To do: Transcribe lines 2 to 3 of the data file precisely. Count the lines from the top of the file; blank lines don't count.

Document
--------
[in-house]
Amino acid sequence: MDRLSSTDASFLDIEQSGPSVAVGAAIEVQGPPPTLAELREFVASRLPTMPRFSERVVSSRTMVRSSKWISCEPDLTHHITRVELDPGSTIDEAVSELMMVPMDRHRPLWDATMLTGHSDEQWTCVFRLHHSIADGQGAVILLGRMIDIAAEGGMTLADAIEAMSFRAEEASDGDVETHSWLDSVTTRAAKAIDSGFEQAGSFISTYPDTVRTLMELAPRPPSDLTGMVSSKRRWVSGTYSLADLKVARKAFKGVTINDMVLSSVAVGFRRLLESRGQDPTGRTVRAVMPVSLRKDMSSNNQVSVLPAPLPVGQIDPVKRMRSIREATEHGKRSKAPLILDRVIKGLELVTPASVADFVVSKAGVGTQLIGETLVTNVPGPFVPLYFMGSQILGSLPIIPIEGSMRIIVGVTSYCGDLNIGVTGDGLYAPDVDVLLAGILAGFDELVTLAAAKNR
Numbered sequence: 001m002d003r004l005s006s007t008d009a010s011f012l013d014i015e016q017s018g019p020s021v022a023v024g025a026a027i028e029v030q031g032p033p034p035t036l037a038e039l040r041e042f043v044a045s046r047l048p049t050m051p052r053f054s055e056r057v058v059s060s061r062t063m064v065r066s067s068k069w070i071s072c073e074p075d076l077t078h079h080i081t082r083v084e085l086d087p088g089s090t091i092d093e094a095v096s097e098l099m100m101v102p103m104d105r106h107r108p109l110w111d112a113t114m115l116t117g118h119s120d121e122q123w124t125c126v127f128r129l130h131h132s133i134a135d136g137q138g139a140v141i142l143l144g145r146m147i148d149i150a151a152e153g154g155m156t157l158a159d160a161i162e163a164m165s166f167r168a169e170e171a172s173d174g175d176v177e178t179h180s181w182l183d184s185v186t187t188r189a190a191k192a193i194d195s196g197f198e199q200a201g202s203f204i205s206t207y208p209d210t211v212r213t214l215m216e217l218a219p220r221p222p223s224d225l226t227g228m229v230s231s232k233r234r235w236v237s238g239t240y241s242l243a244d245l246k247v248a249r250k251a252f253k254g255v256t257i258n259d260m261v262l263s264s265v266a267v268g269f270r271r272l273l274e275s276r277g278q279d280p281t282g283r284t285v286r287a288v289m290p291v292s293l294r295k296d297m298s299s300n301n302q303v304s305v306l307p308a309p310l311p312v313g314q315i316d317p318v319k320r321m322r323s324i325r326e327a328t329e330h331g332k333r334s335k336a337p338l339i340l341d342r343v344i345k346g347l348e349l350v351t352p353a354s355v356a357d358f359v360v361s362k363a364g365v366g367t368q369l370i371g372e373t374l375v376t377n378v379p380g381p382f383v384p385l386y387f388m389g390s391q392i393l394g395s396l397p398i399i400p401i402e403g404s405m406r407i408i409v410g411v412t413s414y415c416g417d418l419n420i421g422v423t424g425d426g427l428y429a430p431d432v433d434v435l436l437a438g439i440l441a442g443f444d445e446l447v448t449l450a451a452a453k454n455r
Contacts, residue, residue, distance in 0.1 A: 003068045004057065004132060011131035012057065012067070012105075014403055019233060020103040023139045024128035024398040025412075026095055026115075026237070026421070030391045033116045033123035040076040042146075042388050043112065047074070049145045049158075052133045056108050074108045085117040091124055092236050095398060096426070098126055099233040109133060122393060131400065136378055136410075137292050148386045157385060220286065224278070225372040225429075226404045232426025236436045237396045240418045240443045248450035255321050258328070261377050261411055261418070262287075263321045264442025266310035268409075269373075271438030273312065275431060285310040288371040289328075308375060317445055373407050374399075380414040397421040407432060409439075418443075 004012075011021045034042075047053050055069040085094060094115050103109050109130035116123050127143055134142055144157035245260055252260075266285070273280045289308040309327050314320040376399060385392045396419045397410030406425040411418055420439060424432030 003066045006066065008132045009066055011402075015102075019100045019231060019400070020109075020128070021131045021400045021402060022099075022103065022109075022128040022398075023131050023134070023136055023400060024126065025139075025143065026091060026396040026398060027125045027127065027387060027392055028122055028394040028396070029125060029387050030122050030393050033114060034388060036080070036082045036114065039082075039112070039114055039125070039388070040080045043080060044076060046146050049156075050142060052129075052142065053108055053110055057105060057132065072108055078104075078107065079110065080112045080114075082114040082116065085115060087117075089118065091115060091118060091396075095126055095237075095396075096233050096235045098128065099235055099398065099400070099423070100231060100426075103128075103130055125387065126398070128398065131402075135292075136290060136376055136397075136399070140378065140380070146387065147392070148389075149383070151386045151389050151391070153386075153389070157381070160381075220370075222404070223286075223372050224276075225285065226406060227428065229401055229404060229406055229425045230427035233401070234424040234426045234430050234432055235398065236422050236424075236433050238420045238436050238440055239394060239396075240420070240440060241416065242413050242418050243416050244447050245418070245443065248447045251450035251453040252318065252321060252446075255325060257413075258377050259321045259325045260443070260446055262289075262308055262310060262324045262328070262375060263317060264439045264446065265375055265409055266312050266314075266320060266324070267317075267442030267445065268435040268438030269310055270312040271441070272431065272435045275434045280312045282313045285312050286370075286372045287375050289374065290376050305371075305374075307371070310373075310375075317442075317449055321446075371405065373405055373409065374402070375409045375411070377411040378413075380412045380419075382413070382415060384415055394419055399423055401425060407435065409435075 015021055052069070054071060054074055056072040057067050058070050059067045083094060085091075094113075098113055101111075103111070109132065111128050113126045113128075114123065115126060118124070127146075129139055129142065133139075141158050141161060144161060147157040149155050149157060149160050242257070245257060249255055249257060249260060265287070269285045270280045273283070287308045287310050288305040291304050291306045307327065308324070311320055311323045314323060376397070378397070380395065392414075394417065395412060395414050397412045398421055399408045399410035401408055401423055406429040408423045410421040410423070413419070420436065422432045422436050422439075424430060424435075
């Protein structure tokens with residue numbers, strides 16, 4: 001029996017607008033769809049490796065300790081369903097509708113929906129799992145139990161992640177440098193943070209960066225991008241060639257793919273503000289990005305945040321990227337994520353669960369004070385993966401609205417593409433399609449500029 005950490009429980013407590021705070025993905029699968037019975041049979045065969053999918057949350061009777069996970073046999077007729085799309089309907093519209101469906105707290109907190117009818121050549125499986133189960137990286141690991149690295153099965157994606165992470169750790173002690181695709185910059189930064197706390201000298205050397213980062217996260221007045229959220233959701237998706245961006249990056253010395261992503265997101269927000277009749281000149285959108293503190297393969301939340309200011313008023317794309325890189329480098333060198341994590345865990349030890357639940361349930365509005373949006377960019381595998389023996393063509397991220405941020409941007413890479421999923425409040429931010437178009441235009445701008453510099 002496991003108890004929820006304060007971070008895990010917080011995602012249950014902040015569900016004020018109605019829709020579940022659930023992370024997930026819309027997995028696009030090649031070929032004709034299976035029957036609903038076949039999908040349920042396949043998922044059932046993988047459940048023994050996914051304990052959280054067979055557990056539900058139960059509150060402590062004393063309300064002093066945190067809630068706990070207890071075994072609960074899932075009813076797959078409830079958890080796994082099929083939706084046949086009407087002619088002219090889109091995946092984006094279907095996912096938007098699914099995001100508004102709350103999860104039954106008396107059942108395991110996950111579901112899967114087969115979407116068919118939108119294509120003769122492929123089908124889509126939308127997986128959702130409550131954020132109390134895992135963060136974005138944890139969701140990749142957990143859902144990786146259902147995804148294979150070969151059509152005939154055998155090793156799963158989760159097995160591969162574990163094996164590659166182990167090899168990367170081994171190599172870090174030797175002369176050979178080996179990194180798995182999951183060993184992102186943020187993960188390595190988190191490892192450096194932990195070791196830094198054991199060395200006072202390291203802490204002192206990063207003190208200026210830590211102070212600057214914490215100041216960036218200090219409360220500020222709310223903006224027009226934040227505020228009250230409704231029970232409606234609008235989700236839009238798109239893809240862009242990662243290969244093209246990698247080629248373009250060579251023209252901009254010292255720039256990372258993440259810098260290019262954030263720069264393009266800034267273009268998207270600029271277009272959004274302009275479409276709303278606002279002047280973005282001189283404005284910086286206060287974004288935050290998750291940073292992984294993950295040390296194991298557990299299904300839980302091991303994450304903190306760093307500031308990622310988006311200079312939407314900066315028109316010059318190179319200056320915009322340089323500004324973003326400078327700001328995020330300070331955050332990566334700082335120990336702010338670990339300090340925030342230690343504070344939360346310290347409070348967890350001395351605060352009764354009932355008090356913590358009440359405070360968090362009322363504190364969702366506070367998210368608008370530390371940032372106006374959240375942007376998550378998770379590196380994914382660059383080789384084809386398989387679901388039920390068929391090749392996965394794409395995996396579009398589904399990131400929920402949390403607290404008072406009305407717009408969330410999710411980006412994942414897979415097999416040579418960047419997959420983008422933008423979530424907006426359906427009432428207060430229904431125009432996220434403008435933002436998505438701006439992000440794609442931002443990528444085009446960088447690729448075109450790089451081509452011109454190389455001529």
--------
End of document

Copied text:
Amino acid sequence: MDRLSSTDASFLDIEQSGPSVAVGAAIEVQGPPPTLAELREFVASRLPTMPRFSERVVSSRTMVRSSKWISCEPDLTHHITRVELDPGSTIDEAVSELMMVPMDRHRPLWDATMLTGHSDEQWTCVFRLHHSIADGQGAVILLGRMIDIAAEGGMTLADAIEAMSFRAEEASDGDVETHSWLDSVTTRAAKAIDSGFEQAGSFISTYPDTVRTLMELAPRPPSDLTGMVSSKRRWVSGTYSLADLKVARKAFKGVTINDMVLSSVAVGFRRLLESRGQDPTGRTVRAVMPVSLRKDMSSNNQVSVLPAPLPVGQIDPVKRMRSIREATEHGKRSKAPLILDRVIKGLELVTPASVADFVVSKAGVGTQLIGETLVTNVPGPFVPLYFMGSQILGSLPIIPIEGSMRIIVGVTSYCGDLNIGVTGDGLYAPDVDVLLAGILAGFDELVTLAAAKNR
Numbered sequence: 001m002d003r004l005s006s007t008d009a010s011f012l013d014i015e016q017s018g019p020s021v022a023v024g025a026a027i028e029v030q031g032p033p034p035t036l037a038e039l040r041e042f043v044a045s046r047l048p049t050m051p052r053f054s055e056r057v058v059s060s061r062t063m064v065r066s067s068k069w070i071s072c073e074p075d076l077t078h079h080i081t082r083v084e085l086d087p088g089s090t091i092d093e094a095v096s097e098l099m100m101v102p103m104d105r106h107r108p109l110w111d112a113t114m115l116t117g118h119s120d121e122q123w124t125c126v127f128r129l130h131h132s133i134a135d136g137q138g139a140v141i142l143l144g145r146m147i148d149i150a151a152e153g154g155m156t157l158a159d160a161i162e163a164m165s166f167r168a169e170e171a172s173d174g175d176v177e178t179h180s181w182l183d184s185v186t187t188r189a190a191k192a193i194d195s196g197f198e199q200a201g202s203f204i205s206t207y208p209d210t211v212r213t214l215m216e217l218a219p220r221p222p223s224d225l226t227g228m229v230s231s232k233r234r235w236v237s238g239t240y241s242l243a244d245l246k247v248a249r250k251a252f253k254g255v256t257i258n259d260m261v262l263s264s265v266a267v268g269f270r271r272l273l274e275s276r277g278q279d280p281t282g283r284t285v286r287a288v289m290p291v292s293l294r295k296d297m298s299s300n301n302q303v304s305v306l307p308a309p310l311p312v313g314q315i316d317p318v319k320r321m322r323s324i325r326e327a328t329e330h331g332k333r334s335k336a337p338l339i340l341d342r343v344i345k346g347l348e349l350v351t352p353a354s355v356a357d358f359v360v361s362k363a364g365v366g367t368q369l370i371g372e373t374l375v376t377n378v379p380g381p382f383v384p385l386y387f388m389g390s391q392i393l394g395s396l397p398i399i400p401i402e403g404s405m406r407i408i409v410g411v412t413s414y415c416g417d418l419n420i421g422v423t424g425d426g427l428y429a430p431d432v433d434v435l436l437a438g439i440l441a442g443f444d445e446l447v448t449l450a451a452a453k454n455r